Dr. Kerry Magro: So yeah, no recording myself was definitely the best thing I could possibly do to improve my public speaking. And I’d just, with a journal in hand, write down notes. And then in addition to that also practicing my speeches in front of a mirror. So I could see how I was portraying myself when I was giving those talks. Actually, when I was giving my Ted talk, my first Ted talk was on the will of opportunity, the pathway for those with autism to college. So I talked a lot about that and it’s up on YouTube now. I practiced in front of a mirror for countless days because chunking everything into 18 minutes and you get cut off at 18 minutes, which is really, really challenging. So those were the two things that helped me the most in terms of public speaking.

Dr. Gwynette: Yeah, well now we’re going to move over to Ainsley.

Ainsley: Any tips for those with autism on how to start a career as a writer, because I’m a bookworm and I like reading and stuff and I know it makes me sound like a really weird person.

Dr. Kerry Magro: No, not weird at all. So, Ainsley, I guess I have a question for you. So what type of writing interests you? Are you more interested… Do you want to write books, do you want to write short stories? Tell me a little bit about what your interest is in terms of writing.

Ainsley: Okay. Well, I just want to write like a book in general, not like a thick one or not like a novel or anything, but like a children’s book and I’m working on one called Annabel the autism fairy. And I was going to do Ainsley the autism fairy, but mom’s like, “No, you probably shouldn’t use your name.” And I was like, “Okay.” Then I chose another A name. And then, I write sometimes and then I stop and then I haven’t written anything since.

Dr. Kerry Magro: Yeah, one of the biggest things that I recommend, and I do this for a lot of mentees that I work with. So in addition to my work with my nonprofit, one thing I do is… I’ve never had a mentor as a kid. I never knew of the Temple Grandins of the world, the Stephen Shores of the world, who both have autism. And I wish somebody, because I wrote my first book when I was 25, I’m 32 now, and it was such a struggle to figure out how to go about that process, so I’m totally there with you. Some of the things I would recommend to you is definitely consider writing a blog. Just going on a free website such as wordpress.com using an alias name if you want or using your name if you like, and literally just writing 100, 200 words every single day just to start on just your own personal experiences, just anything you really want to talk about.

Dr. Kerry Magro: And then that will help you get to the point where, once you start writing just for a little time every single day, it kind of becomes muscle memory. You start really thinking about it and it really, really helps. And then if you’re wanting to write a book, especially a children’s book, definitely consider looking at children’s publishers. I mean, actually my children’s book is right behind me right here. I will light it up blue, where I focused on twins on the autism spectrum. I reached out to a publisher who helped do publishing called Mascot Books. And they actually helped me through the entire process. They helped me find an illustrator. They helped me edit the book. They helped me write the book. So they might be somebody you might want to look at.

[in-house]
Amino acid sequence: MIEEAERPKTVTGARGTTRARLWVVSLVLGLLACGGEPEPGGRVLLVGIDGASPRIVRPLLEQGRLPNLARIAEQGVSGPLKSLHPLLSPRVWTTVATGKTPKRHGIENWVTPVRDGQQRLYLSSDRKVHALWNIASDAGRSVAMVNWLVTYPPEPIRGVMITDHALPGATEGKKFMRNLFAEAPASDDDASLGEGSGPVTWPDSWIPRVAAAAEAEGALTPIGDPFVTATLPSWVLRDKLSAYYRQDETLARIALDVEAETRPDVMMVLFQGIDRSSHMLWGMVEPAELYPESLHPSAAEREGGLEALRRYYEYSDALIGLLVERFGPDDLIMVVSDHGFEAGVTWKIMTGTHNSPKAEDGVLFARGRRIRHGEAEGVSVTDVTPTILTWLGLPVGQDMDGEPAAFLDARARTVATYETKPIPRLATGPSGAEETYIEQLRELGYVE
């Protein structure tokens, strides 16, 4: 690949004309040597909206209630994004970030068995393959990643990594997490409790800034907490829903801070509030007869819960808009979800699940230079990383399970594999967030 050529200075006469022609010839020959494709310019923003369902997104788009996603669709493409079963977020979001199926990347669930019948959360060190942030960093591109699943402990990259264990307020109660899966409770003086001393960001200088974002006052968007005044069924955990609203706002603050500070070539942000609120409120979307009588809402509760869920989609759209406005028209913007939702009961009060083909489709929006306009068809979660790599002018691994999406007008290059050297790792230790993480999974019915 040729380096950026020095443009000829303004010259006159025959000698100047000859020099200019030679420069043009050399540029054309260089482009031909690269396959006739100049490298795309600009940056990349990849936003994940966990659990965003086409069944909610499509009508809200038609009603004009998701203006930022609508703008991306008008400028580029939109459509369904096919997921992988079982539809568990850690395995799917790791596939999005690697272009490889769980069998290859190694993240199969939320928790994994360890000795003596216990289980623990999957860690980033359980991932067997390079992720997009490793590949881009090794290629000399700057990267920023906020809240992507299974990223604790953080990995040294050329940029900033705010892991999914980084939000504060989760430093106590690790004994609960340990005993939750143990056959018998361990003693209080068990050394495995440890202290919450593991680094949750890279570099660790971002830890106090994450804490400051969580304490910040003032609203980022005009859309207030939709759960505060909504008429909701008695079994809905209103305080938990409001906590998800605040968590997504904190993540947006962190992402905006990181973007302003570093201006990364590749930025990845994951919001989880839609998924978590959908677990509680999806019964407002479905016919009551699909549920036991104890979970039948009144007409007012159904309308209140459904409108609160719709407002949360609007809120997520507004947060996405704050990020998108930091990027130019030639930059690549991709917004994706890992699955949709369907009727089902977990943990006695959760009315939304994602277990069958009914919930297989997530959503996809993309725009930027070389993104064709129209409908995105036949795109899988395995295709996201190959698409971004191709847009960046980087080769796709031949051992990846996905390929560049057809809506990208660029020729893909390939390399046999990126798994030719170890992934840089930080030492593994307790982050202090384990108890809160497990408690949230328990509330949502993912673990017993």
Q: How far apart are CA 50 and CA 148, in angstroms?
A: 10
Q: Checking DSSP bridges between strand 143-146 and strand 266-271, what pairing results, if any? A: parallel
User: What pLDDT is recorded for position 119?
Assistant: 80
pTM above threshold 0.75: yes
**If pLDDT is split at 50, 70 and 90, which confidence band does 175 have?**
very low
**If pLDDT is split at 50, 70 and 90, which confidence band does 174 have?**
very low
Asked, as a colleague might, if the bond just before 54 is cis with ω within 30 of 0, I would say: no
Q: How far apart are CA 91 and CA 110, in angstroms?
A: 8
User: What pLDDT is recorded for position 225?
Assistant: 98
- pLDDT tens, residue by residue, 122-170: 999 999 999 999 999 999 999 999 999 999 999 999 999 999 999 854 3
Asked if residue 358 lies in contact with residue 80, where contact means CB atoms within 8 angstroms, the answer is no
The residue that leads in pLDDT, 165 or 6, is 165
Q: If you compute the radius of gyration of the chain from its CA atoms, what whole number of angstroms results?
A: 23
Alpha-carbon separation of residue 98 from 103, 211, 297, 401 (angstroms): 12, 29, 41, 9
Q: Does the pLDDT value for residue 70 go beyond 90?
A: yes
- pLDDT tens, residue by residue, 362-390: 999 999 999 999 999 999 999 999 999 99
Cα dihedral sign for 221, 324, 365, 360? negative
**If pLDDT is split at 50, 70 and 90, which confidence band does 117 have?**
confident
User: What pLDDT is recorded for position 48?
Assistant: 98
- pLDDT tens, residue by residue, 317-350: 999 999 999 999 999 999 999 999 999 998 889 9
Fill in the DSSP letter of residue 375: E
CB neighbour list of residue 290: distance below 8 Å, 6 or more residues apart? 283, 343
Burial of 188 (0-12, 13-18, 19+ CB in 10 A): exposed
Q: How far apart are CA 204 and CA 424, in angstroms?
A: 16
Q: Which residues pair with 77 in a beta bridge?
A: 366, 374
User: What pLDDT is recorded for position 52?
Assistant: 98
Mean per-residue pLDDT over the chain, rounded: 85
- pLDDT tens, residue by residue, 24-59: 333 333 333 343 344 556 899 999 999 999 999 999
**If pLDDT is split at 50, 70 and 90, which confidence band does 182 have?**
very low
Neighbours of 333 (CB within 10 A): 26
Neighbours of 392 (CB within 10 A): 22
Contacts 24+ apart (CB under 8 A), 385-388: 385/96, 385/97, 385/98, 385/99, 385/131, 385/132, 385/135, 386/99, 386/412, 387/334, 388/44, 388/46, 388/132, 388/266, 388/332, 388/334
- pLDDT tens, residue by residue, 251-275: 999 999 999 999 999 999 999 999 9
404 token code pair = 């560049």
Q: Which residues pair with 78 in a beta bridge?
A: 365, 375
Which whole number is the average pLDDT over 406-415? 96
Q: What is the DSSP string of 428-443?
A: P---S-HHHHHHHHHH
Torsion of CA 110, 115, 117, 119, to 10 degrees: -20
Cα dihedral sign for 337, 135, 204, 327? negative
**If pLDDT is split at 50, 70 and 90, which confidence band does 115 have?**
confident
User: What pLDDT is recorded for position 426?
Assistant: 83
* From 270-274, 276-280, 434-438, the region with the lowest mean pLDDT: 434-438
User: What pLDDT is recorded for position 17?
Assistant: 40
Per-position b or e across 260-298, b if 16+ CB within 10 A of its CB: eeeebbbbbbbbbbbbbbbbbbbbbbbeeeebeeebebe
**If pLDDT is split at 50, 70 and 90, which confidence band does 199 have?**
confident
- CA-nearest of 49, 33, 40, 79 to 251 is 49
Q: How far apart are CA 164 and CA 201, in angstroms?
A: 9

Dr. Kerry Magro: And then another suggestion I would have is if you’re trying to get your work out there, definitely find somebody, find a friend who’s really good at writing who can review your stuff and give you some constructive criticism on your work. And then if you’re done with that, look at createspace.com because that’s actually how I published my first book. I went through a self-publisher called createspace.com who actually helped me publish my first book, so.

Ainsley: Okay.

Dr. Gwynette: Our next question comes from Scott.

Scott: What age did you move out of your parents’ house?

Dr. Kerry Magro: So I went to college at Seton Hall University. I received my undergraduate and masters degrees there. And during that time, I lived on campus and then I lived in an apartment with some of my friends for my masters degree. So I would say I moved out around after I graduated from high school around 19 years old.

Dr. Kerry Magro: And I moved back in with them for a short time when I was going for my doctorate in educational technology and leadership at NJ, New Jersey City University. Stayed there for a little bit and now I reside in Hoboken, New Jersey, where I have had an apartment here for about four and a half years now.

Kyle: The college experiences you’ve had, what was it like being on a college campus with autism?

Dr. Kerry Magro: It’s interesting, but I was one of the only kids at Seton Hall who had autism. My undergraduate was in sport management. So I really didn’t look at any disability support programs when I was going to college. So I kind of went in cold turkey, not really knowing what accommodations I was going to need, what types of supports I was going to need. And I really realized within the first couple of months on my college campus, that I was going to have to self advocate for the first time.

Dr. Kerry Magro: For so long, I just let my parents do most of the work for me. And I realized once I got to college, I had to be an adult. I had to be independent. I had to do all these things. I had to ask for accommodations. I had to ask for extended time on tests. I had asked for a private room for all my tests taken. And I think that was one of the hardest challenges in college, because I felt like a lot of professors at times… I was one of the first students in their classes who actually had a diagnosed disability, which made it an even harder challenge.

Dr. Kerry Magro: I’m actually going to share a lot of college experiences with autism in my next book that’s coming out as part of my nonprofit organization called KFM, Making a Difference. We provide scholarships for students with autism to go to college, and we’ve given out 86 scholarships in the past eight years. And after COVID-19 is over, we’re going to be releasing our next book, Living with autism, stories you need to hear. And many of the stories in that book will be from students who are succeeding in college with a learning disability.

Dr. Gwynette: Cool, so I’m going to go now to Patrick.

Patrick: How hard was it to transition to being an independent adult?

Dr. Kerry Magro: Oh my God, how long do you have?

Patrick: Not a lot.